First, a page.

Future work will be aimed at extending the framework in order to include features to achieve robustness, as well as the integration of the scheme with a more sophisticated footstep planner. Furthermore, the time-varying formulation of the stability constraint can be abstracted from the specific setting of variable height gait generation, and possibly applied to a different scenario modeled as a time-varying unstable system.

Data Availability Statement

The raw data supporting the conclusion of this article will be made available by the authors, without undue reservation.

Author Contributions

All authors contributed to the conceptual development of this work. FS and NS implemented the proposed method and wrote the initial draft. All authors revised and approved the submitted version.

Conflict of Interest

The authors declare that the research was conducted in the absence of any commercial or financial relationships that could be construed as a potential conflict of interest.

Publisher’s Note

All claims expressed in this article are solely those of the authors and do not necessarily represent those of their affiliated organizations, or those of the publisher, the editors, and the reviewers. Any product that may be evaluated in this article, or claim that may be made by its manufacturer, is not guaranteed or endorsed by the publisher.

Supplementary Material

The Supplementary Material for this article can be found online at: https://www.frontiersin.org/articles/10.3389/frobt.2022.876613/full#supplementary-material


1Other studies use the Centroidal Moment Pivot (CMP) point (Popovic et al., 2005) instead of the ZMP for gait generation and/or push recovery, for example, Griffin et al. (2017) and Shafiee-Ashtiani et al. (2017). The CMP purely encodes linear forces and thus does not require to assume the derivative of the centroidal angular momentum to be zero.

2Throughout the article, points are represented by their coordinate vectors.

3An alternative (Zamparelli et al., 2018) is to choose zz as a control input in such a way that λ is constant. The approach adopted in this article is less constraining in terms of the CoM trajectories.

4For compactness, we do not discuss in detail the module which provides the swing foot trajectory. It uses polynomial functions whose endpoints are adjusted in order to match the footstep positions, for example, see (Scianca et al., 2017).

5Having two different horizons for planning and control is a common occurrence, as the window over which the planner operates is generally independent of the window over which the MPC optimizes. In fact, the first can range from a few steps up to the total duration of the locomotion task, while the second is usually much shorter in order to make the problem computationally tractable online. Furthermore, as shown in Scianca et al. (2020), having Tc < Tp is necessary to achieve recursive feasibility, as the information in the preview horizon is used to mitigate the effect of the limited control horizon on the stability of the generated trajectories.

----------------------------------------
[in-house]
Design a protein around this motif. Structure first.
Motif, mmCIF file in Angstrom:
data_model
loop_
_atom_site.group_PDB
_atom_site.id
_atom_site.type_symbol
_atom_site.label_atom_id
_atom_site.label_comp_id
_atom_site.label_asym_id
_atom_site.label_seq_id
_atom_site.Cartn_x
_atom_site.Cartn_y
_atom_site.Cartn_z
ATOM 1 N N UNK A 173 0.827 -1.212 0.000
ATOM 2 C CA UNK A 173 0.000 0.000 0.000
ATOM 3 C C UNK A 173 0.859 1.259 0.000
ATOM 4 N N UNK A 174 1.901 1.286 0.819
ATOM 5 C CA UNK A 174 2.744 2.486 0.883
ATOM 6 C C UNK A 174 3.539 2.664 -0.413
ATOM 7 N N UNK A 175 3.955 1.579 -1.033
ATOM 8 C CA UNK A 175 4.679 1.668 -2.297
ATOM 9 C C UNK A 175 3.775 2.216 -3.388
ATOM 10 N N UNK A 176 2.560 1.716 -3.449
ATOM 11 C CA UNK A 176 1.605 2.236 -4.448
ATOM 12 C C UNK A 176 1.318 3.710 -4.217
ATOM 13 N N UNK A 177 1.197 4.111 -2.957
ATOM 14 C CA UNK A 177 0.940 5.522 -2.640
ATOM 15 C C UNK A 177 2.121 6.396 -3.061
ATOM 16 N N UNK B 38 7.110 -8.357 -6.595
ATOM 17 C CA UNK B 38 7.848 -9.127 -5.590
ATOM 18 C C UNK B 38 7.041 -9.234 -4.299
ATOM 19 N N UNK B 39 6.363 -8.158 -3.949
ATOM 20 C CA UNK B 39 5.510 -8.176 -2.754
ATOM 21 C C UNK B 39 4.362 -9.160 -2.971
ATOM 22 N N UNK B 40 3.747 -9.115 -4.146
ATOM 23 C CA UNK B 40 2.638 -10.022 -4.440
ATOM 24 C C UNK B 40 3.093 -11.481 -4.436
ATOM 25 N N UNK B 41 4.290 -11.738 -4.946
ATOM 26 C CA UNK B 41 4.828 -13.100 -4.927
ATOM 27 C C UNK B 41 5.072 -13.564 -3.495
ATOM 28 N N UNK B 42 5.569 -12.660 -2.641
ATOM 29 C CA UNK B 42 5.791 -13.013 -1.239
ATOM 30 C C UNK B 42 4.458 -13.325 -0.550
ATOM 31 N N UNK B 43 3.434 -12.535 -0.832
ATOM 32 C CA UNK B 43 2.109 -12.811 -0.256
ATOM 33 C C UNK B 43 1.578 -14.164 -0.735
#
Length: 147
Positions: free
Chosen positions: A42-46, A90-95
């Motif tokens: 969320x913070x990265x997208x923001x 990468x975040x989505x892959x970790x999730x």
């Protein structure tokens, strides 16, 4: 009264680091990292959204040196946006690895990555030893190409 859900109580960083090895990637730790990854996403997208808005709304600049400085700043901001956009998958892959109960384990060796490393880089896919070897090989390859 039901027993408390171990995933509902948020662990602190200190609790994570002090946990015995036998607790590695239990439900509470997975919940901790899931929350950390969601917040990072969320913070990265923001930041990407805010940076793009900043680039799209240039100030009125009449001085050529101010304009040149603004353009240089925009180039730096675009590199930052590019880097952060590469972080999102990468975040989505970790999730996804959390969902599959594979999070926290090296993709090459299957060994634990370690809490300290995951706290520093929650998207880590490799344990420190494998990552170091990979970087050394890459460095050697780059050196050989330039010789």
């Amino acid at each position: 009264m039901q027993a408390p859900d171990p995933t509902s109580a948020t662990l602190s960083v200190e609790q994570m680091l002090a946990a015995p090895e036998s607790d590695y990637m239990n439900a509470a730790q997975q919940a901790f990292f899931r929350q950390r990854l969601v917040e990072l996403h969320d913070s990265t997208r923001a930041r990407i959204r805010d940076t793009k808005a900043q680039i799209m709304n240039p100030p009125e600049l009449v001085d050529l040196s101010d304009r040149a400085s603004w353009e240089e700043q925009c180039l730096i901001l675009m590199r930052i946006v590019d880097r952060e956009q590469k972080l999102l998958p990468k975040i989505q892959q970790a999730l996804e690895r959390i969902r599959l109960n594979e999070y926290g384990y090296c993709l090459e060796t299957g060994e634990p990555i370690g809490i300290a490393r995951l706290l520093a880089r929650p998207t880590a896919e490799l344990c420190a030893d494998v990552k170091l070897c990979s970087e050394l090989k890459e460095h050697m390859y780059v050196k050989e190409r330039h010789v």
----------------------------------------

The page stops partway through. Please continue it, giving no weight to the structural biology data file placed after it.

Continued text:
6The choice of rectangular regions simplifies the exposition, but the reasoning can be generalized to any convex shape.

7This prevents continuous stair climbing and descending, resulting in a less fluid but more robust gait. Such choice is quite common for experimental humanoid platforms (Caron et al., 2019b).

8A practical method to validate the result of our scheme on an actual robotic platform is to run a set of dynamic simulations. The generated motions can be evaluated based on the joint torques necessary to realize them, which can be directly obtained by querying the simulator. If the torques turn out to be excessive, one can try to modify some of the parameters in order to find a set that allows to produce a realizable motion (our results indicate that the duration of flight phases and step length are the most critical).

9This information is in practice also used to generate a swing foot trajectory that is consistent with the slope of the terrain.


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Keywords: humanoid robot, model predictive control, legged locomotion, running, variable height inverted pendulum model

Citation: Smaldone FM, Scianca N, Lanari L and Oriolo G (2022) From Walking to Running: 3D Humanoid Gait Generation via MPC. Front. Robot. AI 9:876613. doi: 10.3389/frobt.2022.876613

Received: 15 February 2022; Accepted: 11 May 2022;
Published: 16 August 2022.

Edited by:

Enrico Mingo Hoffman, Pal Robotics S.L., Spain

Reviewed by:

Yue Hu, University of Waterloo, Canada
Johannes Englsberger, German Aerospace Center (DLR), Germany
Francisco Javier Andrade Chavez, University of Waterloo, Canada

Copyright © 2022 Smaldone, Scianca, Lanari and Oriolo. This is an open-access article distributed under the terms of the Creative Commons Attribution License (CC BY). The use, distribution or reproduction in other forums is permitted, provided the original author(s) and the copyright owner(s) are credited and that the original publication in this journal is cited, in accordance with accepted academic practice. No use, distribution or reproduction is permitted which does not comply with these terms.

*Correspondence: Nicola Scianca, scianca@diag.uniroma1.it